technical coordination of the set-up Marco Serafino Cecchi

staging assistant Giulia Giardi

production manager Francesca Bettalli and Camilla Borraccino
presso office Cristina Roncucci
graphic design and editing Francesco Marini

production Teatro Metastasio di Prato, Sotterraneo, Piccolo Teatro di Milano – Teatro d’Europa, Emilia Romagna Teatro ERT / Teatro Nazionale
with the contribution of Centrale Fies / Passo Nord 
with the support of Mic, Regione Toscana

artistic residencies  Fondazione Armunia, La Corte Ospitale, Centrale Fies / Passo Nord 

Sotterraneo is part of the Fies Factory, associate artist at Piccolo Teatro Milano and is resident at Associazione Teatrale Pistoiese Production Centre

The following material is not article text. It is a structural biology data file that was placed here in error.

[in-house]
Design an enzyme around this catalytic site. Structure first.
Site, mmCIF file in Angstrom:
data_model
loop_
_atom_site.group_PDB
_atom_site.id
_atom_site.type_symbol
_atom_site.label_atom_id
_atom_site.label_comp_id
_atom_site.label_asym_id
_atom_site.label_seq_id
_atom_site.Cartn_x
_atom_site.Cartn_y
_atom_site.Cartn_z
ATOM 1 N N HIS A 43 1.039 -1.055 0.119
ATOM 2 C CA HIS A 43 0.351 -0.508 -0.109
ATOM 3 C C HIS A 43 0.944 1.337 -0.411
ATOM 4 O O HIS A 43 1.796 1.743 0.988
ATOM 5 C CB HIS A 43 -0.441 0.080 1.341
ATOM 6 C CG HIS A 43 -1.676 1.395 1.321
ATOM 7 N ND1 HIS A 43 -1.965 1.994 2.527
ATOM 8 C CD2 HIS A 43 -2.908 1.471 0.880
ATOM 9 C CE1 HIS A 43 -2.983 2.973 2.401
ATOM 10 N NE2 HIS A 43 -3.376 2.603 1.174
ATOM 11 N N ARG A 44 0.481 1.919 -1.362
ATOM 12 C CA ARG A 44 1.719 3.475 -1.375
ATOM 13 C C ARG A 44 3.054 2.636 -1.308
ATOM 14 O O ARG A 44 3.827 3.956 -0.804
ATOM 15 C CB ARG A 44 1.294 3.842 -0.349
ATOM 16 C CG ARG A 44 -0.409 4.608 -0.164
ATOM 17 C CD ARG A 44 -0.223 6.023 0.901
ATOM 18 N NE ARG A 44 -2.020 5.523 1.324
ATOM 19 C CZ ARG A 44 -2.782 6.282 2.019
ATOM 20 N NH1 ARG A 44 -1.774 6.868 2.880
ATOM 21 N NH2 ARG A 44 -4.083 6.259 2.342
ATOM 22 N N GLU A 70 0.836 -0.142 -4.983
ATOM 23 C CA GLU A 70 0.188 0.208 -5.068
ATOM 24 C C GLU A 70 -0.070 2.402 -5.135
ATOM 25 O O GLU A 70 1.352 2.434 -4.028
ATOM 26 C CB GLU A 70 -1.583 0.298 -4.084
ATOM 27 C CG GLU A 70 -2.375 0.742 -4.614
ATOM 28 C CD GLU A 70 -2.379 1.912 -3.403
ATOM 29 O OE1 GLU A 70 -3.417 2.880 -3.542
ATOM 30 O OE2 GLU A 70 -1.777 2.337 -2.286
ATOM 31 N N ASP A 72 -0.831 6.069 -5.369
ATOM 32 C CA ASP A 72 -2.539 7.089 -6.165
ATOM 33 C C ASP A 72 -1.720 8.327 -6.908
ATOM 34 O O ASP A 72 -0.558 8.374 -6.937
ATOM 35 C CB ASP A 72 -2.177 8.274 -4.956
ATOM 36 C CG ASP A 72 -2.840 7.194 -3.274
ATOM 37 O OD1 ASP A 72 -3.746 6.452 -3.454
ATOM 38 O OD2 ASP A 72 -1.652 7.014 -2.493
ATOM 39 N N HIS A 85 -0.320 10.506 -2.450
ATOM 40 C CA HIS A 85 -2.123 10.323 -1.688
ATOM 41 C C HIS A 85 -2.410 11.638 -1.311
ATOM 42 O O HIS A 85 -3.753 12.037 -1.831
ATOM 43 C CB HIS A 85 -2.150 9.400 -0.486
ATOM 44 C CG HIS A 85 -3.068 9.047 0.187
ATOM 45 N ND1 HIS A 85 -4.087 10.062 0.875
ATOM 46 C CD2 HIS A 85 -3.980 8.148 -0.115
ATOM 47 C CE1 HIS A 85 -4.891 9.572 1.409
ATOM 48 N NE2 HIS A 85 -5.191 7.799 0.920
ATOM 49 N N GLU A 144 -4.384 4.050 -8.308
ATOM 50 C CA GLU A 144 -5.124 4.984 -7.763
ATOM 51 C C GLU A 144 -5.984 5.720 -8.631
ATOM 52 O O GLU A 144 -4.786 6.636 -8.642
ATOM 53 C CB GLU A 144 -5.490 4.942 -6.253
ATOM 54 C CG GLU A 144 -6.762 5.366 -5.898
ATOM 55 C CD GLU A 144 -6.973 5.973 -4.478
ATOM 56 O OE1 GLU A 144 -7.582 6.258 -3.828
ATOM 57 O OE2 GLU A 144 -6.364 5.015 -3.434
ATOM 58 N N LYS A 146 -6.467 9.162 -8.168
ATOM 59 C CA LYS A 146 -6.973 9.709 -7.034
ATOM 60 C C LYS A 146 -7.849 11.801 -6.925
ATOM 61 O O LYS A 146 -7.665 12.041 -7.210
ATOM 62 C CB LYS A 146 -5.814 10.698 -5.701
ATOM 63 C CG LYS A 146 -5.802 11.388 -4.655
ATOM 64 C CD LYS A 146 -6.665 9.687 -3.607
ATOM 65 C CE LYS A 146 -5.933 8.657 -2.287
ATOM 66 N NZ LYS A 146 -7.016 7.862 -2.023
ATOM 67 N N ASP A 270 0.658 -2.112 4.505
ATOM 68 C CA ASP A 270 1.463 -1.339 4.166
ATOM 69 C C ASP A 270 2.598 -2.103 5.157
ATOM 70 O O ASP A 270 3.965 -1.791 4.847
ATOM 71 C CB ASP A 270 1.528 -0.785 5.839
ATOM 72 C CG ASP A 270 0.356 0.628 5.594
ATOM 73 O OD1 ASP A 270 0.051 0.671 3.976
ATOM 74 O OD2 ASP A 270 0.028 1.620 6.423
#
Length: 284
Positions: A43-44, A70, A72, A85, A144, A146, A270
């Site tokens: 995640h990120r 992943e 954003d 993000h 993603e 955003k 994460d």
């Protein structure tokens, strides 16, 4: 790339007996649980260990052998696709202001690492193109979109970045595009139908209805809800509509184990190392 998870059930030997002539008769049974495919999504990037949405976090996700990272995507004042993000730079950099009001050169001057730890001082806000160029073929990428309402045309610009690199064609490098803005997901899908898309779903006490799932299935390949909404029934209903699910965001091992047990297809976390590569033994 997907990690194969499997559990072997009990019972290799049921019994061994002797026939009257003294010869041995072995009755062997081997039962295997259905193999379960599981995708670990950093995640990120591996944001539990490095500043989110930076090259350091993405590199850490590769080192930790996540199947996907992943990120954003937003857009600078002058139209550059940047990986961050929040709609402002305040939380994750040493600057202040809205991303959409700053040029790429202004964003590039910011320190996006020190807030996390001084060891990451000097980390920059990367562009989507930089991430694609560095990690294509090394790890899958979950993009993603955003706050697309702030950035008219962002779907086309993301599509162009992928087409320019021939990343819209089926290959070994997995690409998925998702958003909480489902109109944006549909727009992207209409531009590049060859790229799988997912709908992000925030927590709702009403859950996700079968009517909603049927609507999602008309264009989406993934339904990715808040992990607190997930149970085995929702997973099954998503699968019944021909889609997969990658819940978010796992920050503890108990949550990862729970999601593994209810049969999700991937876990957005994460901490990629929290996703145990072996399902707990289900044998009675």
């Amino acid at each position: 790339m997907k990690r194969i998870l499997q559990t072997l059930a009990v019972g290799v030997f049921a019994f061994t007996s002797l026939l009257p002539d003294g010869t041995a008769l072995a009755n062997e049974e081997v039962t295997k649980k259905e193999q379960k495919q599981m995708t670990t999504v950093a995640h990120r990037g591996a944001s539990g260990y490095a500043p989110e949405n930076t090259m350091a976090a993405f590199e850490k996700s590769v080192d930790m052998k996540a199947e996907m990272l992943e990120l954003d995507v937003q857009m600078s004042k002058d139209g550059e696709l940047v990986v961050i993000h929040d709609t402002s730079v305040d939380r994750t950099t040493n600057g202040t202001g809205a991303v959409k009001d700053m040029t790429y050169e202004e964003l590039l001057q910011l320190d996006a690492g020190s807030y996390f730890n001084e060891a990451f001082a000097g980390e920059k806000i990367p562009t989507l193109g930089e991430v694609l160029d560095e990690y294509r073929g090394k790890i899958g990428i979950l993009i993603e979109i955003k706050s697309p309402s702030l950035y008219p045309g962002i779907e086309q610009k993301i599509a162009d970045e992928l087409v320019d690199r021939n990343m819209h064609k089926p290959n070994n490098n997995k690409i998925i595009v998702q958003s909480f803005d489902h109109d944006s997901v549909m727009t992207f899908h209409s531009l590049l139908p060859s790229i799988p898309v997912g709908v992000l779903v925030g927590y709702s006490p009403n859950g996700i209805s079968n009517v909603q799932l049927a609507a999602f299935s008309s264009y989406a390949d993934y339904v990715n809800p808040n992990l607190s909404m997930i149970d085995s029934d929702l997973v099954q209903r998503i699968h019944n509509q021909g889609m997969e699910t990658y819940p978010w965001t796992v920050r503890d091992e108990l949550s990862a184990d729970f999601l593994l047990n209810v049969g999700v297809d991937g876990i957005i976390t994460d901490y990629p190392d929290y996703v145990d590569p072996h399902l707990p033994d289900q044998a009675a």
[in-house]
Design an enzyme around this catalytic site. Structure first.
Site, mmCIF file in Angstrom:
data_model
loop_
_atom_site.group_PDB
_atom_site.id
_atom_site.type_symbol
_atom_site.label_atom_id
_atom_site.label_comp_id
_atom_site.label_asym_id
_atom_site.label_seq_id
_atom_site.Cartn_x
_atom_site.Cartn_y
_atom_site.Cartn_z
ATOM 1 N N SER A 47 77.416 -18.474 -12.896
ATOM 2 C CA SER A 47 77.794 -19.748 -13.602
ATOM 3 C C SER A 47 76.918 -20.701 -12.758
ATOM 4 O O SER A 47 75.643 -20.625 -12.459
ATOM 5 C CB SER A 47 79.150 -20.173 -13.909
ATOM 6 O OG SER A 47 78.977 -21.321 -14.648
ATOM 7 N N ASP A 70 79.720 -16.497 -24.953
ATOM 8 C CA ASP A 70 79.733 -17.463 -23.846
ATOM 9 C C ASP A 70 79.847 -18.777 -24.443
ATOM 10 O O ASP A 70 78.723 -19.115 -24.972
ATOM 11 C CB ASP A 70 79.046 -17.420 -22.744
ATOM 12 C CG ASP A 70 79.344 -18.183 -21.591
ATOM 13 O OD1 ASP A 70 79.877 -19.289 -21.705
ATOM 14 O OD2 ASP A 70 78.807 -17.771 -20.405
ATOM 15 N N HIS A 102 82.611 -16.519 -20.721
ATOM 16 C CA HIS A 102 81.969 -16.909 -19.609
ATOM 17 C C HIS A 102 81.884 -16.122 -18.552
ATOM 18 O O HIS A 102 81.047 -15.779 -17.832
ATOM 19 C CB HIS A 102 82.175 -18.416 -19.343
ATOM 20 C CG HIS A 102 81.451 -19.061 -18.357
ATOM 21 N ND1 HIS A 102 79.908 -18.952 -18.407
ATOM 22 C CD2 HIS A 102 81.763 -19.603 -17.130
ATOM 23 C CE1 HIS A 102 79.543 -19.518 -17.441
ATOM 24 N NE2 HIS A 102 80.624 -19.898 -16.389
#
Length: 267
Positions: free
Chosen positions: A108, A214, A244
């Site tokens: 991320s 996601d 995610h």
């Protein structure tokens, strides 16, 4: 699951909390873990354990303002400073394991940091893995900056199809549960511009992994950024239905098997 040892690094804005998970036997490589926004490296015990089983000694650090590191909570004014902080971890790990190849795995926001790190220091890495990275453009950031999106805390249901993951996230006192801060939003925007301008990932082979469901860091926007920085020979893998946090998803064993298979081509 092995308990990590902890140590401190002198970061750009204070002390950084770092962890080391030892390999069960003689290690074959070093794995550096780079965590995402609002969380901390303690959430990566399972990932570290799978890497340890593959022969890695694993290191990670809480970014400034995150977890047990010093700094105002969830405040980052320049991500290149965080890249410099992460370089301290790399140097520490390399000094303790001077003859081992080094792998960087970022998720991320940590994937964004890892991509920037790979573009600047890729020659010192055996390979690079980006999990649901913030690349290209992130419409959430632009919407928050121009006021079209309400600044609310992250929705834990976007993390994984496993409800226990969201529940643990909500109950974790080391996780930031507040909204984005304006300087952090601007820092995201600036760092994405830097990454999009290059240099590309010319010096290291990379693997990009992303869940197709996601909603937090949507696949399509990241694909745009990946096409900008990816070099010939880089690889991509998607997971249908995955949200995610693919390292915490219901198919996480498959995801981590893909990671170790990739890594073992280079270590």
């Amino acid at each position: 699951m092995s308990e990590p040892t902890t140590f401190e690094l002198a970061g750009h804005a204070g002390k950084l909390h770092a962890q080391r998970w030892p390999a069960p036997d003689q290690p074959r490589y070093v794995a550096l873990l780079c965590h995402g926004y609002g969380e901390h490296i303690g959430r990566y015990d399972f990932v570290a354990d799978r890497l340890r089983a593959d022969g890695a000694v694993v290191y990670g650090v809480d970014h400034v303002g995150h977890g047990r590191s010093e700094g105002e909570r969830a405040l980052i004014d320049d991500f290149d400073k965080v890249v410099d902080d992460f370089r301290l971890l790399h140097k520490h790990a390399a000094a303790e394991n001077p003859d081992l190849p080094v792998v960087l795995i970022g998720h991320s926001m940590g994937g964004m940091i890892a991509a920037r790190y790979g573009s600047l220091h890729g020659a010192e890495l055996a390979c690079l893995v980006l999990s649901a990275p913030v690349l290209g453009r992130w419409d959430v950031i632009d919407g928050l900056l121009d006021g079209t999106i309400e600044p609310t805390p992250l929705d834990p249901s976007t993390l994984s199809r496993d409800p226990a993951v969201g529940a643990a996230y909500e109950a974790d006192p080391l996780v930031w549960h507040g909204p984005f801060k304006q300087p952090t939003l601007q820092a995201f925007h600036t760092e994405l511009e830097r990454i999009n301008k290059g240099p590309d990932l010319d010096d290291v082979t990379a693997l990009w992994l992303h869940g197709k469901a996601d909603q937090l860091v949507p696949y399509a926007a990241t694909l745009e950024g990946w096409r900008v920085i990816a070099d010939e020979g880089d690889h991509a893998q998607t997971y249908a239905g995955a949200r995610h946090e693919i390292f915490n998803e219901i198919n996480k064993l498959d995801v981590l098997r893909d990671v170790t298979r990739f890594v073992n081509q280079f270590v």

“Sotterraneo look indeed into the fate of our communities, compromised by culture wars or by old and new authoritarianisms, borrowing from Fahrenheit 451 the fictional thrust of a dystopian future, a future from which books, and with them the very culture has been banned. […] The threads of the textual fabric overlap and contaminate each other, transforming the images of Fahrenheit 451 into philosophical questions and anthropological insights […]  as well as into the confessions of a group of actors, gathering in a not-so- unlikely future. Like in a novel, the chapters in the captions projected on the two screens delimit the chronological scope of a work that spans ages and epochs, condensing them in the immediacy of a fact – theatre – that is perennially ancient: ancestral as the tales of the past, pronounced in the darkness that is lit by a fire, and now forgotten as something old-fashioned, a vice to quit, a bad habit that has luckily been defeated.”

Alessandro Iachino, Doppiozero